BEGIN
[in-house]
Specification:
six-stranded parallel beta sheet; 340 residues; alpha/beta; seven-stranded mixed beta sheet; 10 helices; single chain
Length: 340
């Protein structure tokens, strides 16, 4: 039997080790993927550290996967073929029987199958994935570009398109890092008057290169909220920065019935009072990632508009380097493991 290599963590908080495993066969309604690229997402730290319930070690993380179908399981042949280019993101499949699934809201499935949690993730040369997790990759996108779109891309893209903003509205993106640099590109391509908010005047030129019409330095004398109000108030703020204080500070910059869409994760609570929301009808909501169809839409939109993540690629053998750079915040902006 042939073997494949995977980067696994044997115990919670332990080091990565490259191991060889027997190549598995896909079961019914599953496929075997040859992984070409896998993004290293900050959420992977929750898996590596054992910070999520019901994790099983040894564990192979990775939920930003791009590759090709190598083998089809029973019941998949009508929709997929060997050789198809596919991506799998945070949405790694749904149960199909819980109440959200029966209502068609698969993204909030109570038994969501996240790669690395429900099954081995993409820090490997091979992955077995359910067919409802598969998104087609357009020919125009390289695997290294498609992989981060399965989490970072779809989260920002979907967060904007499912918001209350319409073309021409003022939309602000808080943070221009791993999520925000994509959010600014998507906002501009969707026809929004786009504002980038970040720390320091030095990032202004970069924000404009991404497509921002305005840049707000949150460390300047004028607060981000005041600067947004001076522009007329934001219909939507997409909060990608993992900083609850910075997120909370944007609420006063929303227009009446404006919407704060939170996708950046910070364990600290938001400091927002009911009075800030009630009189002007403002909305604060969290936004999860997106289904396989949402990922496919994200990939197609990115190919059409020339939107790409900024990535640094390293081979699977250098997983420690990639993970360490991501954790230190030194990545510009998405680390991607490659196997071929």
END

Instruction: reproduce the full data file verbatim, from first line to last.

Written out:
[in-house]
Specification:
six-stranded parallel beta sheet; 340 residues; alpha/beta; seven-stranded mixed beta sheet; 10 helices; single chain
Length: 340
């Protein structure tokens, strides 16, 4: 039997080790993927550290996967073929029987199958994935570009398109890092008057290169909220920065019935009072990632508009380097493991 290599963590908080495993066969309604690229997402730290319930070690993380179908399981042949280019993101499949699934809201499935949690993730040369997790990759996108779109891309893209903003509205993106640099590109391509908010005047030129019409330095004398109000108030703020204080500070910059869409994760609570929301009808909501169809839409939109993540690629053998750079915040902006 042939073997494949995977980067696994044997115990919670332990080091990565490259191991060889027997190549598995896909079961019914599953496929075997040859992984070409896998993004290293900050959420992977929750898996590596054992910070999520019901994790099983040894564990192979990775939920930003791009590759090709190598083998089809029973019941998949009508929709997929060997050789198809596919991506799998945070949405790694749904149960199909819980109440959200029966209502068609698969993204909030109570038994969501996240790669690395429900099954081995993409820090490997091979992955077995359910067919409802598969998104087609357009020919125009390289695997290294498609992989981060399965989490970072779809989260920002979907967060904007499912918001209350319409073309021409003022939309602000808080943070221009791993999520925000994509959010600014998507906002501009969707026809929004786009504002980038970040720390320091030095990032202004970069924000404009991404497509921002305005840049707000949150460390300047004028607060981000005041600067947004001076522009007329934001219909939507997409909060990608993992900083609850910075997120909370944007609420006063929303227009009446404006919407704060939170996708950046910070364990600290938001400091927002009911009075800030009630009189002007403002909305604060969290936004999860997106289904396989949402990922496919994200990939197609990115190919059409020339939107790409900024990535640094390293081979699977250098997983420690990639993970360490991501954790230190030194990545510009998405680390991607490659196997071929």